Forget the tortured artist: they don’t help anyone and least of all you

The idea that one should come to work intentionally saddled with anxiety, depression and heartbreak is nonsensical, and yet ...

‘Happy writes vanilla’, our teacher told my friend. ‘Happy writes vanilla.’ 

This was said in response to hearing that my friend, a writer, was ‘doing well’. For one of the first times in his young adult life, he was experiencing a taste of peace and contentment. And prior to this comment, he was overjoyed by the revelation. 

No doubt this advice was well-intentioned. My friend – who we’ll call Rob – is a unique and gifted writer, and perhaps our teacher was concerned he’d become complacent and let his talents go to waste. Yet, the phrase almost immediately became a destructive mantra. 

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Rob had spent most of his life oscillating between periods of deep depression and prodigious creativity, and this constant pendulum swing had taken its toll. Yes, he’d proven himself as a writer of note. He’d also contemplated taking his own life.

The tortured artist

The ‘tortured artist’ is an enduring trope. In fact, Aristotle is believed to have mused, ‘Why is it that all men who have become outstanding in philosophy, statesmanship, poetry or the arts are melancholic?’, and he died in 322 BC. 

Essentially, it’s an image that posits colossal creativity inherently requires colossal suffering. Edvard Munch, the Norwegian painter famous for The Scream, said of his own experience: ‘Art comes from joy and pain… but mostly from pain’.

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People are quick to point to the lives of Amy Winehouse, Kurt Cobain, Janis Joplin, Vincent van Gogh, and Sylvia Plath as evidence to support the trope. Though undeniably tragic, these stories are compelling. 

Yet, it’s irresponsible to ignore what propagating the image implies to those – like Rob – who aspire to such artistic achievement. The idea that suffering is the only path to the peak of creativity. That turning to unhealthy coping mechanisms is just what’s ‘done’. That those who don’t sacrifice themselves at the altar are lesser.

What’s wild is that the arts can serve as a powerful, almost medicinal tool, as evidenced by countless studies and art therapy’s growing popularity. But when pursued professionally, we seem intent on leaving the healing, nourishing aspects aside and leaping to the opposite end of the spectrum. 

A wiser way

There are two elements to address as we start to move past the tortured artist. First, the belief that upholds the image. Second, the self-defeating practices common to those in our field.

The idea that one should come to work intentionally saddled with anxiety, depression and heartbreak is nonsensical when objectively considered. But personal experience, as well as that of my friends and peers (Rob included) has shown sense can quickly disappear in the face of our ambitions.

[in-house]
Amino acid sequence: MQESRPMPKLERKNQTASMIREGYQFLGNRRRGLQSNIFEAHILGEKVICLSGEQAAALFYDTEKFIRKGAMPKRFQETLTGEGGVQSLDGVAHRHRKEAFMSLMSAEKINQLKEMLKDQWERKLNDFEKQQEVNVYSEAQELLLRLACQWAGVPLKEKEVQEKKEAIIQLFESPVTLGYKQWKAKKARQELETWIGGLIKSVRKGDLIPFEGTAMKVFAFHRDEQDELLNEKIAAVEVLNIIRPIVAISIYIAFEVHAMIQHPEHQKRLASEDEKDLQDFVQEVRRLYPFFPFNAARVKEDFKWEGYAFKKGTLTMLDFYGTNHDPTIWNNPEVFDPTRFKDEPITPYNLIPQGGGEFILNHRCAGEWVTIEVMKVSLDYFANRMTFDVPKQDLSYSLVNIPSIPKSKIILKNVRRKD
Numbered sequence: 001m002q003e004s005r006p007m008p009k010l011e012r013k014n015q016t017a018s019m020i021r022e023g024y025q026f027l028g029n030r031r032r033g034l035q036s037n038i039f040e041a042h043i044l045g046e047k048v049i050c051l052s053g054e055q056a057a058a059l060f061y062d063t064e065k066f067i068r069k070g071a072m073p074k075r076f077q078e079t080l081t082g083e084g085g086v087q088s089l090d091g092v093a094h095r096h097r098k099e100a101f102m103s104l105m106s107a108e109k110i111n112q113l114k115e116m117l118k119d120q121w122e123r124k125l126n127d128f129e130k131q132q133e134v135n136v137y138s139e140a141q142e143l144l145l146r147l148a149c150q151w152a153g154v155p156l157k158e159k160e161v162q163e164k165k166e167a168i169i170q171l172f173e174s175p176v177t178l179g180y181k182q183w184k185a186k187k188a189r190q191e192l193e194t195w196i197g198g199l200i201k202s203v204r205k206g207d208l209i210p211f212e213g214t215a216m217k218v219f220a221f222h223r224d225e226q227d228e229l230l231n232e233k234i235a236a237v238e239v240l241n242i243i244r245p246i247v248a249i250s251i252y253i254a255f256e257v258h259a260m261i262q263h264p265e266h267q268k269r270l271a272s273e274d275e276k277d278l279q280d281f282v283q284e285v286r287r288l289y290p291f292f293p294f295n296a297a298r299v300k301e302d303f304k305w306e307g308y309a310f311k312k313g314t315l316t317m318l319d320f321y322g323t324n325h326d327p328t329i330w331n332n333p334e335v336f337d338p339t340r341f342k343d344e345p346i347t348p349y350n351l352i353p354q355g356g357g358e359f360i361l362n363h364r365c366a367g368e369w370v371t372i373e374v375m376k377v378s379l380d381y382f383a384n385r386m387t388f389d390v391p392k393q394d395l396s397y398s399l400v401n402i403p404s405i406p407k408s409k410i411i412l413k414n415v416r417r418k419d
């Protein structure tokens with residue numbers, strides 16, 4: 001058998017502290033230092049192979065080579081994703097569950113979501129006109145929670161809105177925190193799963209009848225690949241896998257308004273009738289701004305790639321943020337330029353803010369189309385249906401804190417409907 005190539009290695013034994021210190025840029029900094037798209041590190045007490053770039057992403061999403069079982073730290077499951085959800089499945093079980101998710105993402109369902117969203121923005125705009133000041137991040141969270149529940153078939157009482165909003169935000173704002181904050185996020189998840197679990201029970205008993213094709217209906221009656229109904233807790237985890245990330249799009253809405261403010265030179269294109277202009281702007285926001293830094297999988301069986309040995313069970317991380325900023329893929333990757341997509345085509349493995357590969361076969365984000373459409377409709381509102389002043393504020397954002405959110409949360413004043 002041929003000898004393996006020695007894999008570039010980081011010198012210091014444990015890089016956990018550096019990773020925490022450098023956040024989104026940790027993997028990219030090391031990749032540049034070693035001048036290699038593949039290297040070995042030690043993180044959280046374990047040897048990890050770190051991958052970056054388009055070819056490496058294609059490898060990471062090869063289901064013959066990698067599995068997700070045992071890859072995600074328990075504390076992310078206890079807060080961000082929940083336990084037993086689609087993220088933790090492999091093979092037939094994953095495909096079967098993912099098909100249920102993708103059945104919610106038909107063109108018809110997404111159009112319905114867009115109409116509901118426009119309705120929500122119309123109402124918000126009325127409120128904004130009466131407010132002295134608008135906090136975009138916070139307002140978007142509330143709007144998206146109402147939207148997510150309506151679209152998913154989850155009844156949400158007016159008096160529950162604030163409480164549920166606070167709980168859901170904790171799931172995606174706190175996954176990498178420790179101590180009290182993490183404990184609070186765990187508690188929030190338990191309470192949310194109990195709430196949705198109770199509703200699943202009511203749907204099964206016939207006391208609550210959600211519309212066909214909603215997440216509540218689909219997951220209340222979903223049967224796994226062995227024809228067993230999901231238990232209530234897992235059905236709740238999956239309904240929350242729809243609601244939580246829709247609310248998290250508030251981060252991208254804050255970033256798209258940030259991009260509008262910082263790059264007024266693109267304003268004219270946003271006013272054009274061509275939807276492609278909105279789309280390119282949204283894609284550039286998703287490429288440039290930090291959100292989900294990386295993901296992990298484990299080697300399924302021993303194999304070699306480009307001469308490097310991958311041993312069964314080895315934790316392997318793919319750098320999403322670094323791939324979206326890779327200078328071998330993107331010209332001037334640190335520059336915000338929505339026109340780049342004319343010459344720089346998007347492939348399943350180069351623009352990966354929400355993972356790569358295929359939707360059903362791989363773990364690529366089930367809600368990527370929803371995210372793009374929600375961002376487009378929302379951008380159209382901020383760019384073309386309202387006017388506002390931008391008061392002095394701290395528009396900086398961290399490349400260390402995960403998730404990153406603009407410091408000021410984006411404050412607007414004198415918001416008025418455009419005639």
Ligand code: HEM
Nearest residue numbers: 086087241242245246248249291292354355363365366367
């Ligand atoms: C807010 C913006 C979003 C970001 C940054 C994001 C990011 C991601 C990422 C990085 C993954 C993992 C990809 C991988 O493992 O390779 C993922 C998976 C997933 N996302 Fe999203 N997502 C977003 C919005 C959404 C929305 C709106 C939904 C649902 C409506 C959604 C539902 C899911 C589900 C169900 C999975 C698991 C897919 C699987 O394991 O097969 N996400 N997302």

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Of course, there’ll be days when these feelings are present, and we’ll have to approach these occasions with compassionate discernment. Mental health days exist for a reason, so if one is needed, take it. On the other hand, it can be empowering to work through manageable levels of these emotions, often finding deeper reserves within ourselves that we never knew existed. 

But conjuring these spirits on days we feel content and at peace isn’t doing anyone any favours and doesn’t help our creative prowess. As Dr Edward M. Phillips, assistant professor of physical medicine and rehabilitation at Harvard Medical School, has highlighted, concentration and engagement ‘are key’ to accessing the flow state or ‘zone’. Neither of which come easily if we insist on tormenting ourselves needlessly. 

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There are also several unofficial ‘standards’ we can look to replace or curb. Admittedly, this is a much bigger conversation than can be had here, but bringing awareness to it is the critical first step. 

In creative fields, working for less than we’re worth (or for free), working overtime, and working under suboptimal conditions is relatively prevalent. While new experiences, connections and broader professional development are all valid reasons to take on a gig, we should also consider the impact saying ‘yes’ will have on our mental and physical wellbeing. 

Ultimately, this is a line in the sand we have to draw for ourselves, as there’s no definitive guide to when an opportunity becomes a sacrifice. But again, the act of simply recognising this added dimension is an empowering and significant step forward. 

The tortured artist trope is rarely a helpful model in practice. In fact, it’s when we embrace the opposite end of the spectrum, the healthy artist, that we’re able to be of the greatest service and value. 

Tahlia Norrish (@tahlianorrish) is an Aussie-Brit actor, writer, and current MPhil Candidate at the University of Queensland's School of Sport Sciences. After graduating from The Liverpool Institute for Performing Arts (Distinction, Acting & Musical Theatre) and Rose Bruford College (First Class Hons, Acting), Tahlia founded The Actor's Dojo — a pioneering coaching program centred on actor peak performance and holistic well-being.